Stephanie Hicks was a police officer working for the West Alabama Narcotics Task Force. Just eight days after Agent Hicks returned to work after her maternity leave, she was demoted to a position as a patrol officer.
Working patrol not only involved a pay cut and worse shifts — it also required her to wear a bullet-proof vest. Agent Hicks was still nursing her baby, who was only a few months old, and her doctor had warned her that the heavy and restrictive vest could interfere with her ability to continue breastfeeding and subject her to a risk of painful infection. When Hicks requested a desk job where she would not have to wear the vest, the department denied her request, even though officers were routinely provided the same accommodation for other reasons.
Her supervisors told her that she seemed “changed,” and intimated that it was because she had the “baby blues.” They were also overheard complaining about the length of time she had taken off for maternity leave, referring to her as a “stupid cunt,” and saying they would “find any way” to “get rid of that bitch.”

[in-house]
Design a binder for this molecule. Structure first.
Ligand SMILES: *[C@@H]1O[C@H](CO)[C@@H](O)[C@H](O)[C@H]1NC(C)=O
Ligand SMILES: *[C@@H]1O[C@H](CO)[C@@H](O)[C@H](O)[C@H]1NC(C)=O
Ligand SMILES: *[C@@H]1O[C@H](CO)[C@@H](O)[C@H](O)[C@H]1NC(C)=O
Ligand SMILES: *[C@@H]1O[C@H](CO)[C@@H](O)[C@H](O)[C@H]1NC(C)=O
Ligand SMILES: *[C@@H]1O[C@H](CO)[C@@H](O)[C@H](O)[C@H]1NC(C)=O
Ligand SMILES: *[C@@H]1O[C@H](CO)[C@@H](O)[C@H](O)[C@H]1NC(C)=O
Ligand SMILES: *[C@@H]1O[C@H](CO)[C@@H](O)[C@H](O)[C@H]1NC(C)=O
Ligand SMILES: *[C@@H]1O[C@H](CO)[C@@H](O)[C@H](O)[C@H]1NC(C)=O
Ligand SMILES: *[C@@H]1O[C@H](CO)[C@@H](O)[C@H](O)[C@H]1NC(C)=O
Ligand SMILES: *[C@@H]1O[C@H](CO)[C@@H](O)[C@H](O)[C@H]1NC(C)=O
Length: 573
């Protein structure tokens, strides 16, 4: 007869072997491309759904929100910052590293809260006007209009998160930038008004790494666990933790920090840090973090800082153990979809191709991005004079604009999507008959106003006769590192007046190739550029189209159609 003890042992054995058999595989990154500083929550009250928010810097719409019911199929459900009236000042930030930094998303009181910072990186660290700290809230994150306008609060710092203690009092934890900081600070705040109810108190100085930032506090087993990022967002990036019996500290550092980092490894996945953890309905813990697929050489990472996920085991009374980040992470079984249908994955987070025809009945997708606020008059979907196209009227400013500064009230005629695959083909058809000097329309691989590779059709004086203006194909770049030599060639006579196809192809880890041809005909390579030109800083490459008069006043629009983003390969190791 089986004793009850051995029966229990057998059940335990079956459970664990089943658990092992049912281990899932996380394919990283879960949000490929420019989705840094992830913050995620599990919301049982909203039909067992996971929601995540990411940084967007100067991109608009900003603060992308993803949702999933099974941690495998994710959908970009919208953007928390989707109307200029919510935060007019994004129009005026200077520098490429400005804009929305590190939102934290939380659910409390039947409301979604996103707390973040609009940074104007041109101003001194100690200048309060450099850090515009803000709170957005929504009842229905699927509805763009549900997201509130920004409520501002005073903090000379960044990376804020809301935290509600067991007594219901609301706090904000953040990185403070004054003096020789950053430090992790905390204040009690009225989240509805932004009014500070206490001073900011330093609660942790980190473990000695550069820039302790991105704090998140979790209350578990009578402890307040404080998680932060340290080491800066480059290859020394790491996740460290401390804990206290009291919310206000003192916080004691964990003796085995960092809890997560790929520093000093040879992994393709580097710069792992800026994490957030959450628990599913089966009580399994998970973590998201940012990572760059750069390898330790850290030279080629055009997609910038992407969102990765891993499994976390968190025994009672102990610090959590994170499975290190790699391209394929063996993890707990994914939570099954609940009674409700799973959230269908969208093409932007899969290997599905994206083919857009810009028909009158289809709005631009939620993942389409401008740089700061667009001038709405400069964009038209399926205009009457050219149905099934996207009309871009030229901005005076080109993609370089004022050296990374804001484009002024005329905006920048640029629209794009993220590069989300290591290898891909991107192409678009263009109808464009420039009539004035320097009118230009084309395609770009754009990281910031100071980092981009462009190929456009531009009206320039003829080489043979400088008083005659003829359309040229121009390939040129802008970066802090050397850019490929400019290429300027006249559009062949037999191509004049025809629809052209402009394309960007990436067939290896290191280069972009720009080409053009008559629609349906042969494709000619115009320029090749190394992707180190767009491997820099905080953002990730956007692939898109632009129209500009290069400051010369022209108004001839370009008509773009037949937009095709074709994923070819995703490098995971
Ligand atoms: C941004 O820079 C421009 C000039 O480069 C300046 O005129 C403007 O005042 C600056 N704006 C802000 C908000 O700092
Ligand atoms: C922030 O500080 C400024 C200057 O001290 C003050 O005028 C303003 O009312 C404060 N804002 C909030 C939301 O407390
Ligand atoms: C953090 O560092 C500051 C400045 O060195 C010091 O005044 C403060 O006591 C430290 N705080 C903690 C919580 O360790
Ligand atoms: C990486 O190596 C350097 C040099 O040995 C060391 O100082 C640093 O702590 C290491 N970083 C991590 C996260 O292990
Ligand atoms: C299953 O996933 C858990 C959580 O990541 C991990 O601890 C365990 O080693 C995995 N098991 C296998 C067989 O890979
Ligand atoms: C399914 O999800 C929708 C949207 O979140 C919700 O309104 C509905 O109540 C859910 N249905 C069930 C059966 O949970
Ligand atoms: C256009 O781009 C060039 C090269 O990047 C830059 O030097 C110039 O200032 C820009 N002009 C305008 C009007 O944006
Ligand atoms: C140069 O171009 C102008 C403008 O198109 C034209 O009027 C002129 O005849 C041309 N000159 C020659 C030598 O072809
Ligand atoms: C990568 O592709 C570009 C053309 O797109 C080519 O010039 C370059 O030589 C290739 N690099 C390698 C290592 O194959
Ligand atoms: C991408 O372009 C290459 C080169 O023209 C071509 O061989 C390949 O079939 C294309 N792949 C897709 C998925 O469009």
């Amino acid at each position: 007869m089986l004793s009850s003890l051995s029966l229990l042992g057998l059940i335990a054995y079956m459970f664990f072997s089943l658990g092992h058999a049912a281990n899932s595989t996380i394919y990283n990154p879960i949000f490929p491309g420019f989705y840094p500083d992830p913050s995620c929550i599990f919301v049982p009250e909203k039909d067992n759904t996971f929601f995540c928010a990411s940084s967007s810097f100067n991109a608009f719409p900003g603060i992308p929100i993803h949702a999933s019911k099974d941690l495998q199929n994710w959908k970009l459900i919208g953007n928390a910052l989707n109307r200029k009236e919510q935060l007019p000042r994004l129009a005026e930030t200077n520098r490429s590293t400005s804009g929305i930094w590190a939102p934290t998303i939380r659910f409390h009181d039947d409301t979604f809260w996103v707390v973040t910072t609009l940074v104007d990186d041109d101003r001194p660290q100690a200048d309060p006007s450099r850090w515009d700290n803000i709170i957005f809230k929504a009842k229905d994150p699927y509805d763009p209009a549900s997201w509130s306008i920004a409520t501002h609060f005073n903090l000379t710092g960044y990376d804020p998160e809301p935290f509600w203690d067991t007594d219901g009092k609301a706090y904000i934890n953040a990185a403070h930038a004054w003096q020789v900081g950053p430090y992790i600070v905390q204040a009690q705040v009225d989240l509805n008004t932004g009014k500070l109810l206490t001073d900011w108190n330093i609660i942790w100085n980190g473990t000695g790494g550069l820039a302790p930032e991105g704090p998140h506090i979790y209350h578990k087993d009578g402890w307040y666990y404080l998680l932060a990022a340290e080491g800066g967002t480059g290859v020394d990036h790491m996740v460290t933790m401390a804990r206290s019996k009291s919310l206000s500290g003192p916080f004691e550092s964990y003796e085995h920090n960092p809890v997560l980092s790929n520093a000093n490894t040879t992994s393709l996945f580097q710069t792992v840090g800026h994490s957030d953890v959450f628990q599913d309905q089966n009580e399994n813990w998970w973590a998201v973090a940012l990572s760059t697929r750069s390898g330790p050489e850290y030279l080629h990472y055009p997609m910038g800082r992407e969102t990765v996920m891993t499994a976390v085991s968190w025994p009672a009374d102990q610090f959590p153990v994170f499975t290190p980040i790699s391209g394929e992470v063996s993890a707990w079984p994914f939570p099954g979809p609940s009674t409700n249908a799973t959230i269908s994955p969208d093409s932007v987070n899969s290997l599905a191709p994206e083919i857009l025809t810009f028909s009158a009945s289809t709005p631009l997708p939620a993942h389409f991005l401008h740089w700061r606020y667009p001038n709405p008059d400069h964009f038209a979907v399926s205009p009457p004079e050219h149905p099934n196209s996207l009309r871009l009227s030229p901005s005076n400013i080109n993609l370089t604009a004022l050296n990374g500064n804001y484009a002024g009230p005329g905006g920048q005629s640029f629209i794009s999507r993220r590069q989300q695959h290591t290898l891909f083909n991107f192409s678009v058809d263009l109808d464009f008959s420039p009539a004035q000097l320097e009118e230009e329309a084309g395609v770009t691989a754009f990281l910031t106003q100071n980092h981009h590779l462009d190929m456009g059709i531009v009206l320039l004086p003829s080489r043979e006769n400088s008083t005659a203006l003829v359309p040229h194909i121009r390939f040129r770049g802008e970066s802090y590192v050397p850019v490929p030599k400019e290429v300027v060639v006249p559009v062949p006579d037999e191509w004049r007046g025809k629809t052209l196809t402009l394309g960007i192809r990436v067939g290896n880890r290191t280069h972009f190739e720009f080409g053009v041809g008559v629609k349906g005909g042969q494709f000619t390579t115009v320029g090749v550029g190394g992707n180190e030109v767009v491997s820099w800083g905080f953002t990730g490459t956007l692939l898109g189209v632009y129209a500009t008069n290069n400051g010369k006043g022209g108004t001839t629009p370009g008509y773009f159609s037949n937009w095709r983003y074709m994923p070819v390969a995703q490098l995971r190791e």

The ACLU and the Center for WorkLife submitted a friend of the court brief on behalf of 22 women’s rights organizations and helped argue the case before the Eleventh Circuit Court of Appeals.
The 22 organizations the ACLU and the Center for WorkLife Law submitted the amicus brief on behalf of include the ACLU of Alabama, Inc., 9to5, A Better Balance, California Women’s Law Center, Equal Rights Advocates, Family Values @ Work, Feminist Majority Foundation, Gender Justice, Legal Aid Society – Employment Law Center, Legal Momentum, Legal Voice, National Association of Women Lawyers, National Association of Working Women, National Organization of Women, National Partnership for Women & Families, National Women’s Law Center, Southwest Women’s Law Center, Women Employed, Women’s Law Center of Maryland, Inc., Women’s Law Project, and the United States Breastfeeding Committee.